Nowadays, Caesarean operations or C sections are the commonest operations that are performed on women. A Caesarean delivery is a procedure used to deliver a baby surgically. Like all other operations, C sections carry risks but save lives, too. The incidence of Caesarean deliveries is on the rise these days. More and more women across the world are opting for Caesarean deliveries, and in Pakistan the trend is catching on. You! got a chance to speak to Dr Samrina Hashmi, President Pakistan Medical Association, Sindh about the pros and cons of Caesarean operations...
Dr Samrina Hashmi is a consultant gynaecologist, who obtained her MBBS from DOW Medical College in 1985. In 1987, Dr Samrina did her MCPS from the College of Physicians and Surgeons, Karachi. She passed MRCOG in 1995 from Royal College of Obstetricians and Gynaecologists, London after training in Ireland and UK. RCOG awarded her FRCOG in 2010. She specialises in infertility and high risk pregnancies.
According to Dr Samrina, the incidence of C sections has increased due to a number of reasons, one of which is that doctors practise in many places. "A clinic here, a clinic there, so obviously they want to finish their work before leaving a place! They have made themselves unnecessarily busy. Instead of doing multiple clinics, they should practise in one place."
However, not all can be blamed on the doctors. Dr Samrina also points out that moms-to-be are also responsible. "Laziness is a major factor. Our women have become aram pasand (comfort loving). They don't move a finger in their houses! They should do the house work themselves and get rid of maids. Instead of lying on bed the whole day, they should walk and exercise to make their bones strong. In olden times, women used to be hard working. However, lifestyles have changed and when money comes, luxuries follow, which has made women indolent."
Why C Section
"C sections are performed when there are complications related to 'passage and passenger'. Passage problem means that the pelvis is smaller than it should be as compared to the size of the baby. This causes distress to the baby while giving birth. An android (narrow) pelvis can cause damage to the shape of the head of the baby. The passenger problems relate to the size of the baby and some other complications." shares Dr Samrina.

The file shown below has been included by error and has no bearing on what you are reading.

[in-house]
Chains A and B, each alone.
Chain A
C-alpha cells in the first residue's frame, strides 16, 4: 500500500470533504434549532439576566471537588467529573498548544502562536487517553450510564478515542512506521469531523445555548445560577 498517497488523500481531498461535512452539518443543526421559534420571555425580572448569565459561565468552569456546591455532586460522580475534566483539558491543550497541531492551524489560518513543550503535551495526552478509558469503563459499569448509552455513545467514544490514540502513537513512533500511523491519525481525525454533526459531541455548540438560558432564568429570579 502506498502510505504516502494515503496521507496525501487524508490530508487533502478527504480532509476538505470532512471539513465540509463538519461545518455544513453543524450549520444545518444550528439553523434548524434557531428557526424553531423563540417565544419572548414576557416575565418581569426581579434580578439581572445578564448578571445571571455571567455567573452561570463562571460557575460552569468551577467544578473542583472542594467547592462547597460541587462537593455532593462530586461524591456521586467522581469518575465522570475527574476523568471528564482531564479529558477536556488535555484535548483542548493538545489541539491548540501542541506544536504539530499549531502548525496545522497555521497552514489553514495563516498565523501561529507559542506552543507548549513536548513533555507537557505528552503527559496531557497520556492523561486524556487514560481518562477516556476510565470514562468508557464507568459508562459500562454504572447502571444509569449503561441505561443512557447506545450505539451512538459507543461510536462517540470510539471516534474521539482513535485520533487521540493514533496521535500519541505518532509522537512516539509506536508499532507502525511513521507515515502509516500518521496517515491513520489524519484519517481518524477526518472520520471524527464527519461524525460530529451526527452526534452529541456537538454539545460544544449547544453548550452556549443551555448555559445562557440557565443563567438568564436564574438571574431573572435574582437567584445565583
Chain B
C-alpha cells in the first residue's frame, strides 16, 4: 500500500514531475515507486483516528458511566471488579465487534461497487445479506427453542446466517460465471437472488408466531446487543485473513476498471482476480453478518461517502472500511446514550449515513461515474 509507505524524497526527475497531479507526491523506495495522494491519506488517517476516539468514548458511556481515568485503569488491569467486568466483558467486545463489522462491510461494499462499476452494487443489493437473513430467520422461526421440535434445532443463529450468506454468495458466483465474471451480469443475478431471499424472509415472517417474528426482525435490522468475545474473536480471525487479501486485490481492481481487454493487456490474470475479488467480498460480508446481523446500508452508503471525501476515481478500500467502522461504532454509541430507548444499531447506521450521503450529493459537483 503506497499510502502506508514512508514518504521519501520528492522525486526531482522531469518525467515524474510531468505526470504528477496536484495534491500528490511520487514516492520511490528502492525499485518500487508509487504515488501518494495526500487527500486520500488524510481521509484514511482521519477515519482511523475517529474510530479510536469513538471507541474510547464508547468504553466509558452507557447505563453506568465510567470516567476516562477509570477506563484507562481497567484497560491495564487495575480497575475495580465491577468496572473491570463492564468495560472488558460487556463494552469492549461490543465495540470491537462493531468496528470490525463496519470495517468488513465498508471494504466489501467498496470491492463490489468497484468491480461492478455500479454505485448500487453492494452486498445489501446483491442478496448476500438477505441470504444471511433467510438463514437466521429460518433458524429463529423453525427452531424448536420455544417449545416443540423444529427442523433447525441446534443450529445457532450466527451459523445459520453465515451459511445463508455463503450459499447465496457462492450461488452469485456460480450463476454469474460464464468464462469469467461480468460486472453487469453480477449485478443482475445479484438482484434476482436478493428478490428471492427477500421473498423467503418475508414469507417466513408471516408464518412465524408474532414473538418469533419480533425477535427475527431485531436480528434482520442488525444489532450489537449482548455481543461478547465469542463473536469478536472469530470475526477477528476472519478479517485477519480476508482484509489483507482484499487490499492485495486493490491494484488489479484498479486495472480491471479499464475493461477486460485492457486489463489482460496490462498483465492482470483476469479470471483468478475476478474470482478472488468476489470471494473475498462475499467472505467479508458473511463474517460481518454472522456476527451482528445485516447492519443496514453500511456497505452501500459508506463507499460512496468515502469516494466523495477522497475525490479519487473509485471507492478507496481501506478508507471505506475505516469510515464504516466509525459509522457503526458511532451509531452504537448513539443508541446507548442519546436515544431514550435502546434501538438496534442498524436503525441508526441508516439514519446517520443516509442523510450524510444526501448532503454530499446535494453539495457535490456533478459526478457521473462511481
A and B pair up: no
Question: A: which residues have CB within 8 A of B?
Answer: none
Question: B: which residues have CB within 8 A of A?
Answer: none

"Then there are several other factors pertaining to maternal health. If the mother is a gestational diabetic, there is risk of death for the baby. Blood pressure and high cholesterol also make C section obligatory. Then there are the dietary habits of the patient. You see, the fast food culture has created a lot of problems. I say, stop eating biryanis and junk food: it only leads to obesity and hypertension."
Many people think that C sections are risky for expectant mothers, but Dr Samrina denies this. "C section is almost entirely foolproof. There is hardly any difference between the lower segment C section and a normal delivery. Even the recovery period is almost the same. Women need stitches in normal deliveries, too, and these stitches are so painful that they are unable to sit up. However, in lower segment incision, patients go home the second day."
"If the labour is prolonged, C section should be done. There is no point in bearing all that pain and what women must keep in mind is that it is bad for the baby, too. Every time they push, the head hits the pelvis, and if it goes on for a longer period of time, it may have adverse impact on the baby. Then, if the baby is precious, which means that it has been conceived after a long period, it is not sensible to take risk. Such moms should go for elective C section," explains Dr Samrina.